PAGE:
Australian politics grapples with the need to remake and rebuild our media voice in the South Pacific.

One of the missing pieces of our Pacific intensify is the lack of vision or understanding of Australia’s role in the regional conversation.

Domestic political battles and budget cuts degraded Australia’s central role in island journalism in the 20th century. Our media voice in the South Pacific is at its weakest since Robert Menzies launched the shortwave radio service in 1939.

We now need to rethink that role and empower that voice for the 21st century – a new model of speaking withdo not forthe South Pacific.

The political failure that has so weakened our voice over the past decade had a deeply familiar element: Oz’s recurring amnesia regarding our interests, influence and values ​​in the islands.

See the complaint of amnesia offered by a wise Canberra owl, Nick Warner, in his Financial analysis editorial on “Australia’s long peaceful stupor”: ‘For two generations, since the end of the Second World War, Australia has wasted the opportunity to build deep and lasting relationships with our South Pacific neighbours. And now it’s almost too late.

This is a candid view of the heart of the Canberra system. You don’t get much more connected and powerful than Warner, who was our top diplomat in Papua New Guinea, ran the regional assistance mission in the Solomon Islands, then ran the Ministry of Defence, the Secret Service Australian Intelligence and Bureau. national assessments.

Warner’s story of “stupor” frames his diagnosis of how China might strike a security treaty with the Solomon Islands:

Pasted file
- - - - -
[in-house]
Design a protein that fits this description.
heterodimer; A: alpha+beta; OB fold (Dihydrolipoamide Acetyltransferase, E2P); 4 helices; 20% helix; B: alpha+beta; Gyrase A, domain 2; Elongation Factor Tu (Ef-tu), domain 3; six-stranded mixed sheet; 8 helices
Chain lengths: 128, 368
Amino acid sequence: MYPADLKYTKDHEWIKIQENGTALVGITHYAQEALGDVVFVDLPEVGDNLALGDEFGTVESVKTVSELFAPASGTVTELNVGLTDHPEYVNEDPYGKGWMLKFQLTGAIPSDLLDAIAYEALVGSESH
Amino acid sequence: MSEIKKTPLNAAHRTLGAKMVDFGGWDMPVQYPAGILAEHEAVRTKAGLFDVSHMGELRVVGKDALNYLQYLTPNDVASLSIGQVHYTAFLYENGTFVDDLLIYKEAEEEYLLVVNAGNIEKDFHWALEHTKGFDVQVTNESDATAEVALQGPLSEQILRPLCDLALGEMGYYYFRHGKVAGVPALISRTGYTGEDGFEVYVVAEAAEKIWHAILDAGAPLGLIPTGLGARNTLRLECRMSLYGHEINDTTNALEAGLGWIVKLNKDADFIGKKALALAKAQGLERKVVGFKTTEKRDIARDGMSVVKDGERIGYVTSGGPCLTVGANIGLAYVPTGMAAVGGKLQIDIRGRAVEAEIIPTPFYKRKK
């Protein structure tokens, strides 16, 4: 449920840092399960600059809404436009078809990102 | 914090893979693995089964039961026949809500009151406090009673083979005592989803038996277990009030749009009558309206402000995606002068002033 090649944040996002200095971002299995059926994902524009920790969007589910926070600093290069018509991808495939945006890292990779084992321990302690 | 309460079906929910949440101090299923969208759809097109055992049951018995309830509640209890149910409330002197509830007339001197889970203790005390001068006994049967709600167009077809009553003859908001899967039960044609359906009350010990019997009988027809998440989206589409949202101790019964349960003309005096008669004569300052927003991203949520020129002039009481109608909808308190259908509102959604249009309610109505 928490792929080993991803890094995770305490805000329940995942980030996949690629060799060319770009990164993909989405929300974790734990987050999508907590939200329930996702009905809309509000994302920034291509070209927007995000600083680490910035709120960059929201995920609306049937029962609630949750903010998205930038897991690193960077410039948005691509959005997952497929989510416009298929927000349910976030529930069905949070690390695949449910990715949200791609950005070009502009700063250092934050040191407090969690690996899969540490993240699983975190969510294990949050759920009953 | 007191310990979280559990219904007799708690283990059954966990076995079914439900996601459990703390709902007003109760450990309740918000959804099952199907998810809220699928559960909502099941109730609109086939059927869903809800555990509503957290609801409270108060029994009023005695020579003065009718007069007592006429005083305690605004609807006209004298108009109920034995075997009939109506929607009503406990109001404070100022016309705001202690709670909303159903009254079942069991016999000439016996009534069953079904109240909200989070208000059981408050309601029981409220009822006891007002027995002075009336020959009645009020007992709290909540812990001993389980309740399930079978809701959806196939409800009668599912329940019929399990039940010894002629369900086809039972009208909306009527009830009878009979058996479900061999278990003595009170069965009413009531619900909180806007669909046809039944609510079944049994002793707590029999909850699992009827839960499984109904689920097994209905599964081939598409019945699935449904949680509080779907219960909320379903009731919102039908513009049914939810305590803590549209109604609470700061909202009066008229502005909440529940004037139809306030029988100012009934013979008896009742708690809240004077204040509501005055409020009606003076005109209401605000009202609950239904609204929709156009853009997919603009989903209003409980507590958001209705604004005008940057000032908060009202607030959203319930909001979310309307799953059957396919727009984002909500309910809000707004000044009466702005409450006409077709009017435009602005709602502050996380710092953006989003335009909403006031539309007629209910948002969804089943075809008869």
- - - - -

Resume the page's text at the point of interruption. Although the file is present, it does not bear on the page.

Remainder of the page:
China is now apparently entrenched in the Solomons and will also seek other opportunities for a base elsewhere in the Pacific. But, for better or for worse, Pacific politics rarely offers certainties. It is not too late for Australia to consolidate its place in the South Pacific and protect its strategic interests.

Warner’s need to “consolidate our place” brings us back to a specific example of stupor/amnesia: the degradation of our media voice in the islands and the role of the Australian Broadcasting Corporation.

In the South Pacific, Radio Australia and the international television service, ABC Australia, are still doing a good job. But they only have a third of the budget they enjoyed ten years ago. Highlight this fact of stupor/amnesia: spending on the ABC as the media voice of the Indo-Pacific has been cut by two-thirds.

In 2014, the Abbott government hacked the ABC by killing international television funding, a sad, bad and stupid decision that also decimated Radio Australia.

Policy refund in Canberra produced a-gang-that-couldn’t-shoot-straight tragedy in the south pacific. Abbott’s aim was to scratch the anti-Aunty itch, but he badly hurt a major instrument of Australian foreign policy. The damage was compounded when the ABC turned off shortwave in 2017; again, this was an internal concentration that harmed our regional interests.

For an account of all this, see ASPI’s Hard news and free media are the backbone of Australia’s soft power.

In this long-running melodrama with dark comedy elements, a valiant ABC is also a victim, with the haters viewing Aunty as a villain instead. How long the drama has had: Three generations of Murdoch have waged war on Aunty, beginning in the 1930s with Keith Murdoch’s bitter fight against the creation of an independent ABC news service.